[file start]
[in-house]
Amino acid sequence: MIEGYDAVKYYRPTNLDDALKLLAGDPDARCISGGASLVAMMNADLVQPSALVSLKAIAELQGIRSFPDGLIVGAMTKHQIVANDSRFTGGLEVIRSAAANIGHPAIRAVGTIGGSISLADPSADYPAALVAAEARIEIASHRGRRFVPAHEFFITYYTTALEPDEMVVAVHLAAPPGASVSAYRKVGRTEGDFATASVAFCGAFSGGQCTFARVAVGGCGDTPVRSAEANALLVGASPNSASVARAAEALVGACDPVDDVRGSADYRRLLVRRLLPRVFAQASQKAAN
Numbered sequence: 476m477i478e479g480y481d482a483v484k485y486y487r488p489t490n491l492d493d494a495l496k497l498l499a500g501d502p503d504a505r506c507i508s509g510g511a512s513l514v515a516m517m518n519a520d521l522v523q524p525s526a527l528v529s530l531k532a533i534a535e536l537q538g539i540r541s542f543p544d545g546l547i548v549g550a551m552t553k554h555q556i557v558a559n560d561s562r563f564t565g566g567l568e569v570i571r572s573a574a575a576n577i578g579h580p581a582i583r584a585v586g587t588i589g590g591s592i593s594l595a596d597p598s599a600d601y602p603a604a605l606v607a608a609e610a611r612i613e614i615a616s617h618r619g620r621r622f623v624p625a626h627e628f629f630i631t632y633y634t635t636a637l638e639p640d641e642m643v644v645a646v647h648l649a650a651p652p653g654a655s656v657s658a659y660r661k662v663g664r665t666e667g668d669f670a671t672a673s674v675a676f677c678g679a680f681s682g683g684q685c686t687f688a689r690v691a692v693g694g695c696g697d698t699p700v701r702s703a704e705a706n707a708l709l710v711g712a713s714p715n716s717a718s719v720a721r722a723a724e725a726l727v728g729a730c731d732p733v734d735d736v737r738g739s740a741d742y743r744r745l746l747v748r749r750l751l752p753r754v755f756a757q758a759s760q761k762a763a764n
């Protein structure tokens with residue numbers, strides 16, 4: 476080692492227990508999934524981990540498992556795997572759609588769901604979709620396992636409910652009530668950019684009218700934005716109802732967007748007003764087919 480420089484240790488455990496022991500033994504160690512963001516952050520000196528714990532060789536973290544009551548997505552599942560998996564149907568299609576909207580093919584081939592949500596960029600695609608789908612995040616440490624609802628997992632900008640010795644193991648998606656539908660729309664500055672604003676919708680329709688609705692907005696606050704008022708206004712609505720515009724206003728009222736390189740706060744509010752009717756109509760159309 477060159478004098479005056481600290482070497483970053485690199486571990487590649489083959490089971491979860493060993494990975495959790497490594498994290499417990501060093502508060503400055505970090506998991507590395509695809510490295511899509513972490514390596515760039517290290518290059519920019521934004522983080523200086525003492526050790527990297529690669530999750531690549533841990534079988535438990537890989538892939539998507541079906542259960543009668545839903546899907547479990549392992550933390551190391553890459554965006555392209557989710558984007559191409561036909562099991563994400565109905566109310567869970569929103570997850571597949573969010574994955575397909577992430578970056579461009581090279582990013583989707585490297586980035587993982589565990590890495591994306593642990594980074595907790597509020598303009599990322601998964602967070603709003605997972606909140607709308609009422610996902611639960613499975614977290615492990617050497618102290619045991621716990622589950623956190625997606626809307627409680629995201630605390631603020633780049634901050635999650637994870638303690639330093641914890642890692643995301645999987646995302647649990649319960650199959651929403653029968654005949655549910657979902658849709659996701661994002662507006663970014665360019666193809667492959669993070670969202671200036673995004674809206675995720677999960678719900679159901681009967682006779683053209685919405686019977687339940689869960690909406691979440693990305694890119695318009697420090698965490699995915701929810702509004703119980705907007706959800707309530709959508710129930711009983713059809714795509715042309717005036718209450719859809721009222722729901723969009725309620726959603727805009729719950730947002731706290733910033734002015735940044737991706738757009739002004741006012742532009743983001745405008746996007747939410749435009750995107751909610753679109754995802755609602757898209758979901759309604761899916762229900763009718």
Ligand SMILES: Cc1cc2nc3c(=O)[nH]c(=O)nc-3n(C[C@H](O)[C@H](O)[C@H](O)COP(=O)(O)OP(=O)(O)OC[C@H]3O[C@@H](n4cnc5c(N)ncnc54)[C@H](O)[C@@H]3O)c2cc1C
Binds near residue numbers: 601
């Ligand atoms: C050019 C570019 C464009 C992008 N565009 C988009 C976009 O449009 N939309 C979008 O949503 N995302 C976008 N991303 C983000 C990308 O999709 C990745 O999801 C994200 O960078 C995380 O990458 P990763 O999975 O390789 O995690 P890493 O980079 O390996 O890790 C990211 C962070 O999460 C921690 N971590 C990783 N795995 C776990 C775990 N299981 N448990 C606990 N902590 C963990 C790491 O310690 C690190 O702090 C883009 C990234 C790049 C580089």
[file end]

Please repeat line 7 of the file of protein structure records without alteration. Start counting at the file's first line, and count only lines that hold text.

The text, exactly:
């Ligand atoms: C050019 C570019 C464009 C992008 N565009 C988009 C976009 O449009 N939309 C979008 O949503 N995302 C976008 N991303 C983000 C990308 O999709 C990745 O999801 C994200 O960078 C995380 O990458 P990763 O999975 O390789 O995690 P890493 O980079 O390996 O890790 C990211 C962070 O999460 C921690 N971590 C990783 N795995 C776990 C775990 N299981 N448990 C606990 N902590 C963990 C790491 O310690 C690190 O702090 C883009 C990234 C790049 C580089």